However, a problem with this constructional approach was subsequently discovered. Specifically, during electrically conductive connection of the resistor lead to the anode rod (as by soldering or welding) the lead could be forcibly engaged with the bottom side of its associated sleeve groove and deflected outwardly therefrom in a manner such that when the sleeve was subsequently pressed into the metal cap of the overall anode assembly, the deflected lead could contact and electrically short out against the metal cap.

A means to prevent this undesirable electrically shorting effect was implemented by the manufacturer of the anode assembly by using a drop of an ultra violet light-cured adhesive onto the lead and the plastic sleeve. This gave a firm immediate bond of the lead wire to the plastic sleeve, thereby preventing movement of the lead wire during the lead wire/anode rod welding or soldering process. Examination of field failures indicated that this corrective procedure reintroduced the stress on the lead wire that had previously been relieved by the generally U-shaped bend in the lead wire. If there was any movement of the sleeve on the anode or movement of the anode within the sleeve, a substantial stress was placed on the lead wire adjacent the lead wire/anode rod weld or solder joint. This same phenomenon was encountered if the plastic sleeve absorbed water causing the plastic to swell in a manner forcibly moving the lead wire and causing breakage thereof, thereby rendering the anode assembly ineffective in providing corrosion to its associated tank.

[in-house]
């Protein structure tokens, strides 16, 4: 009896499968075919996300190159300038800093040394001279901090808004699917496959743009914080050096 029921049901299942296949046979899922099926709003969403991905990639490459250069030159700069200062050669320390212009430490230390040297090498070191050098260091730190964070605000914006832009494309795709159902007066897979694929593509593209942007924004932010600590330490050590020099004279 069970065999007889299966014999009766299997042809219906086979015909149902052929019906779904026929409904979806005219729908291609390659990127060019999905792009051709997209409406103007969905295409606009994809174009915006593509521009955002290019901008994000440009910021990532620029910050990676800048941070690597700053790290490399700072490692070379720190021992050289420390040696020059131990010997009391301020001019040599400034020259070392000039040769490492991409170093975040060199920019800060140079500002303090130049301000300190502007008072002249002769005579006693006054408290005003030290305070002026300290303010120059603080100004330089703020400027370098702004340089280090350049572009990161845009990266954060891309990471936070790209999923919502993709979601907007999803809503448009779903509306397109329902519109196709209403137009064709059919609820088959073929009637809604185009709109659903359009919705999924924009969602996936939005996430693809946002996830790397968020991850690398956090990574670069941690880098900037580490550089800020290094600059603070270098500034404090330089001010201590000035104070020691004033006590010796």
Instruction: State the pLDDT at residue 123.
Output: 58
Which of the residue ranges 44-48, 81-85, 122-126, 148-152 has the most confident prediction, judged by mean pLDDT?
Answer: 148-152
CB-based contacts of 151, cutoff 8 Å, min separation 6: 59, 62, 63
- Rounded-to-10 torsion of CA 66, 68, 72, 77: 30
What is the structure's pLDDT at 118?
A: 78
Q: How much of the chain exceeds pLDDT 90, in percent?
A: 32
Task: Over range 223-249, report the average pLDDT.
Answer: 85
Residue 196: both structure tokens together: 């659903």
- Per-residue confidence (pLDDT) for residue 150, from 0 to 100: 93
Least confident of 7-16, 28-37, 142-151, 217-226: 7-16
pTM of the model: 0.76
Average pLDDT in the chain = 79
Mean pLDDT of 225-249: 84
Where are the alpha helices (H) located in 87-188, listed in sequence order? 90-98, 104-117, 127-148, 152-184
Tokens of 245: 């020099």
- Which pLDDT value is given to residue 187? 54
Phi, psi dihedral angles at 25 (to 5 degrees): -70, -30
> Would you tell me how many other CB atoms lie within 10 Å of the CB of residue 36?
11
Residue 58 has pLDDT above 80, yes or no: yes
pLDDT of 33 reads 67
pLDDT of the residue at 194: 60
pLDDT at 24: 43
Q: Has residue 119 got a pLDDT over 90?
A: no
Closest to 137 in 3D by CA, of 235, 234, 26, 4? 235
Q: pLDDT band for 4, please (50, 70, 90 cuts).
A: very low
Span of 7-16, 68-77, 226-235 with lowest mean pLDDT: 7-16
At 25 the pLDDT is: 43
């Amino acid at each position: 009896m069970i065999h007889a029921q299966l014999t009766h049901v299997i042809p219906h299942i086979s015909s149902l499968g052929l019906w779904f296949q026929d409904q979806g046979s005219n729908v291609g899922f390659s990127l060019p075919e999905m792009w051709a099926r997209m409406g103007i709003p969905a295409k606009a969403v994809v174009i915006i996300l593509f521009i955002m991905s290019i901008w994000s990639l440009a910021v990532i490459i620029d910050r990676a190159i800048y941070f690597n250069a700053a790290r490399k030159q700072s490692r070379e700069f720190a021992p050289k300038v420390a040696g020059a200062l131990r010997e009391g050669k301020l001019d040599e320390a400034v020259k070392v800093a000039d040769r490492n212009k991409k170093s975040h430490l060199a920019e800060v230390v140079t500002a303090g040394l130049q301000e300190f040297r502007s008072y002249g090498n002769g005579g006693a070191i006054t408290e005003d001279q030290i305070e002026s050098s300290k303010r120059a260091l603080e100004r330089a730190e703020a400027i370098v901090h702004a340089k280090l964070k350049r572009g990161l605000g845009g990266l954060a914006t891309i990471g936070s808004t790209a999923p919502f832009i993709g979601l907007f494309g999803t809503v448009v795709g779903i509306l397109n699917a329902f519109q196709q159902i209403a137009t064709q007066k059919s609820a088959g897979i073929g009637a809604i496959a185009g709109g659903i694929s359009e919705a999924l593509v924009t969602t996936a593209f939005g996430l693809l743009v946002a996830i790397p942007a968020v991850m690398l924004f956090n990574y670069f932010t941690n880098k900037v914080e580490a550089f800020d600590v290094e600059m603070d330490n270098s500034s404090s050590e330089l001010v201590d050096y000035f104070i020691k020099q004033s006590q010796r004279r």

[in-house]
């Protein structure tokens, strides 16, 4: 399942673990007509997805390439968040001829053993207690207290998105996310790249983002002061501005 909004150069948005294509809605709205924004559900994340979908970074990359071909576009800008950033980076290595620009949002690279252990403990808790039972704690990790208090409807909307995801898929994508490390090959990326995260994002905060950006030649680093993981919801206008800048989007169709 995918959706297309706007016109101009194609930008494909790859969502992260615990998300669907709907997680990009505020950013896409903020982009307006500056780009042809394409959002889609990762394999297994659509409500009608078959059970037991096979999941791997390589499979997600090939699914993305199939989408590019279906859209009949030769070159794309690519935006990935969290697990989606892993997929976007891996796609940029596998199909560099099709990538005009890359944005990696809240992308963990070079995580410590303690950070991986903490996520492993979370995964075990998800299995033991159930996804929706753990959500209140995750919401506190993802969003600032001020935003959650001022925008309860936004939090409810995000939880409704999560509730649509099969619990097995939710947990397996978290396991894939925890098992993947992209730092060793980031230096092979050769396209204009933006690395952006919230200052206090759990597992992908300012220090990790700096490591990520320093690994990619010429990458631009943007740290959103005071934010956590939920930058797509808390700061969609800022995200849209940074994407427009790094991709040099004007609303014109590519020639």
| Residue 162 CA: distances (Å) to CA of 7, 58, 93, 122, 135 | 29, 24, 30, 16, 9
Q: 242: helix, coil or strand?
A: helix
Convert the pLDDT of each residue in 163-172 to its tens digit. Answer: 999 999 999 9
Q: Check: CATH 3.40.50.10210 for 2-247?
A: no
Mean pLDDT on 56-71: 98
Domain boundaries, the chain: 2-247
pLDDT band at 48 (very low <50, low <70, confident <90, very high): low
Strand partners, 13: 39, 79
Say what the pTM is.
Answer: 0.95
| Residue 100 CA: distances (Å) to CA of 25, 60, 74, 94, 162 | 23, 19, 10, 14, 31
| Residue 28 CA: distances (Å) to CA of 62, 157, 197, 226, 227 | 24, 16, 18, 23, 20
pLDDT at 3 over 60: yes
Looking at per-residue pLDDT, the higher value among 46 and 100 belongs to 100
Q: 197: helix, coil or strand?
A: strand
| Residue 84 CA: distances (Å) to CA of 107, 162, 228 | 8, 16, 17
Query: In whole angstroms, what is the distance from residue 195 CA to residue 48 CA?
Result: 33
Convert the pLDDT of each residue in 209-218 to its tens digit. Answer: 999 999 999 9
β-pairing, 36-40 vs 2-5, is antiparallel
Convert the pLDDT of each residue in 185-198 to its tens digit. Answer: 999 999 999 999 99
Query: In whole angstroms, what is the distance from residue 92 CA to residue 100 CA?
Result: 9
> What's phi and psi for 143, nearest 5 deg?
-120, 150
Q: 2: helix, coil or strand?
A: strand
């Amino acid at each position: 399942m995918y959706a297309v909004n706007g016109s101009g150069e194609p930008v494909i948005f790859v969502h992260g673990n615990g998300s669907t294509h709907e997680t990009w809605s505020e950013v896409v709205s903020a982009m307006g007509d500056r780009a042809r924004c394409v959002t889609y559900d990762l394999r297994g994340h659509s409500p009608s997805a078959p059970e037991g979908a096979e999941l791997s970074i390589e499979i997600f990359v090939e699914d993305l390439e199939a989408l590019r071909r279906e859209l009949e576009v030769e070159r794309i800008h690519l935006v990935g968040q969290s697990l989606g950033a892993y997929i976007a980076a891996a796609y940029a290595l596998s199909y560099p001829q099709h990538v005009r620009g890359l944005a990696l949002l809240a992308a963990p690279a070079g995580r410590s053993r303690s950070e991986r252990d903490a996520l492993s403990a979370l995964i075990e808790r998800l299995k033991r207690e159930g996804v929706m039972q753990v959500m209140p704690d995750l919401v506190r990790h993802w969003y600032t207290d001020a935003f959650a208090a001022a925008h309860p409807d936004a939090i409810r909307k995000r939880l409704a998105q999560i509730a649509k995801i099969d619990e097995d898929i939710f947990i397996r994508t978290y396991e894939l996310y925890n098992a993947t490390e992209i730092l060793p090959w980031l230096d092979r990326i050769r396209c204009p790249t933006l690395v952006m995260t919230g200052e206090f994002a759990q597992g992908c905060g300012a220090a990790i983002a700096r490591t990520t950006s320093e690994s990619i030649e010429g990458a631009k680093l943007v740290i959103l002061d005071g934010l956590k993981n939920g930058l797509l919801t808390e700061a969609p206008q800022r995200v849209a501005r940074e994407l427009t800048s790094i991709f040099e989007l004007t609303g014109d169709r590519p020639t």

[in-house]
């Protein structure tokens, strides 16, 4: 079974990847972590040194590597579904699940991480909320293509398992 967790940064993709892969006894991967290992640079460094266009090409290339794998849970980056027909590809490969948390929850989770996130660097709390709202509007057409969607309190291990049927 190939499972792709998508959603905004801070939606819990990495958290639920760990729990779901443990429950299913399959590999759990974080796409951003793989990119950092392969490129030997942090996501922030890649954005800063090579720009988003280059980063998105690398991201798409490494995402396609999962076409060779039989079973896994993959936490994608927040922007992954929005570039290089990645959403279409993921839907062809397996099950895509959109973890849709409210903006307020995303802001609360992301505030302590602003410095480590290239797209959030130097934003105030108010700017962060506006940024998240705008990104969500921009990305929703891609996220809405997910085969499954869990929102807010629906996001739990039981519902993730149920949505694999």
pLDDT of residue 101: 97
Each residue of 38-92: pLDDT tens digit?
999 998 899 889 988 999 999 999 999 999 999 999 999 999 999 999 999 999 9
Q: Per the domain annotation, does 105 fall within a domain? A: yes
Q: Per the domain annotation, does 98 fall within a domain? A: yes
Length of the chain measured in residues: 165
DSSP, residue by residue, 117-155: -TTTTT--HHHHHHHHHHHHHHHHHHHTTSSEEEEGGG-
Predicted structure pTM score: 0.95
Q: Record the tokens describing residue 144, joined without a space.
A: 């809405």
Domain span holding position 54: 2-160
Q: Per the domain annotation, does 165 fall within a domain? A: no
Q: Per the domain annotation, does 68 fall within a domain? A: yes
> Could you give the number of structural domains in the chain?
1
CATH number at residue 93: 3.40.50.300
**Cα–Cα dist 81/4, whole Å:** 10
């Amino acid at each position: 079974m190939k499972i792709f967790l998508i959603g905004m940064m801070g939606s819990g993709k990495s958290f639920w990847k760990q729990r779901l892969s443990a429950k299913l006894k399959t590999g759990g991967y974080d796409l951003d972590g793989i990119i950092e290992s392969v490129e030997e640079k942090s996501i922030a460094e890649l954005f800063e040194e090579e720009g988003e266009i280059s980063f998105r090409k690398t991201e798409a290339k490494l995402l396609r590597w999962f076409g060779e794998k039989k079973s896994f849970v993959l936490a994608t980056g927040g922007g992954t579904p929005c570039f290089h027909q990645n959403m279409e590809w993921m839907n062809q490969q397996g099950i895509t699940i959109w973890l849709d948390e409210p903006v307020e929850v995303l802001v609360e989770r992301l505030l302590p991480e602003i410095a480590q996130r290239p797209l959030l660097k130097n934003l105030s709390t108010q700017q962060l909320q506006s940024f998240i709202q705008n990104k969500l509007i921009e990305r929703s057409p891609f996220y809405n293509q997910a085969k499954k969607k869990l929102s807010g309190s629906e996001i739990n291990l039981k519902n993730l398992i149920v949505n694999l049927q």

As can be seen from the foregoing, a need exists for a solution to these constructional problems presented in a protective anode assembly of the type described above. It is to this need that the present invention is directed.

SUMMARY OF THE INVENTION